easier to share information with specific people in the platform through an inline sharing button and revisions to its tagging system. The options will be next to everything that can be shared on Facebook, allowing users to customize who does and does not get to see what you post.Facebook announced today that it is making it
Facebook is responding to the threat posed by Google Plus and its "circles" feature. It is also responding to privacy advocates and to its 750 million users. "The main change is moving most of your controls from a settings page to being inline, right next to the posts, photos and tags they affect," Facebook wrote in its blog. Combing through comments to Facebook's post about the change, the refrain seems to be "thank Google Plus for the inspiration" and, of course, "where is the dislike button?!"
Facebook made several significant changes to its privacy settings through the new inline buttons. The inline tag review and sharing buttons are the obvious changes as they affect much of what is shared on Facebook. Users can now approve all tags made to their content and photos, as opposed to how it was before where anyone that could see the content could tag it. Facebook is also making it easier to see how others see your profile with a new "view profile as" button at the top right of the page.
In terms of the actual inline sharing button, there are now several more options. The new settings are: Everyone (public), friends of friends and networks, friends and networks, friends of friends and customize.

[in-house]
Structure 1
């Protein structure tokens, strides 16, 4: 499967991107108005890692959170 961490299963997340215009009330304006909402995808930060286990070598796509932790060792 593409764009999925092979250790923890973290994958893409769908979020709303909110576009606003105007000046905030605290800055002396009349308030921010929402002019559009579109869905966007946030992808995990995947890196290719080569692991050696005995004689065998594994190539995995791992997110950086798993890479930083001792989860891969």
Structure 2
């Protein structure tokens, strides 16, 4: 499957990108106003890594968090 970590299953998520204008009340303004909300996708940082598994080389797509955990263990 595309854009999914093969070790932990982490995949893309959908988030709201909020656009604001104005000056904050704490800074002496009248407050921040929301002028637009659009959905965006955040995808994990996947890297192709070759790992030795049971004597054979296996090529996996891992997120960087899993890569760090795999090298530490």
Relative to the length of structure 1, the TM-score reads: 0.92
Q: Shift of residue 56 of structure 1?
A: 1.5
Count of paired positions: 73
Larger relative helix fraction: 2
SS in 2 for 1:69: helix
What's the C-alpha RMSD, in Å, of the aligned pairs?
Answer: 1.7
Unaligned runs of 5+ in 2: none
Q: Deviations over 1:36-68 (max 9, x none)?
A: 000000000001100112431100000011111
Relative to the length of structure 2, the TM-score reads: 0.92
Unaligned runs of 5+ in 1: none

Tagging is now a clearer process as well. You can now tag people who are not your actual Facebook friends but have the ability to show where that tag shows up (in your profile, on your wall etc.). You can also now tag by location, which Facebook would like to see more users do to increase the presence of its location services. When you want to remove a tag, the options are now clearer and they show up in the process of removing the tag. You can remove the tag or block the tag's creator.
Facebook has the advantage of the incumbent position over Google Plus when it comes to rollouts like these. It is much harder for Facebook competitors to make a dent in the ecosystem as the work involved with creating such a platform is much more labor intensive than it is for Facebook to throw its army of engineers are a couple updates to the platform.
Also, there is no dislike button.
What do you think of Facebook's changes? Are they as easy and straightforward as the company make them seem? Is this type of granular sharing something you were missing on Facebook? Let us know in the comments.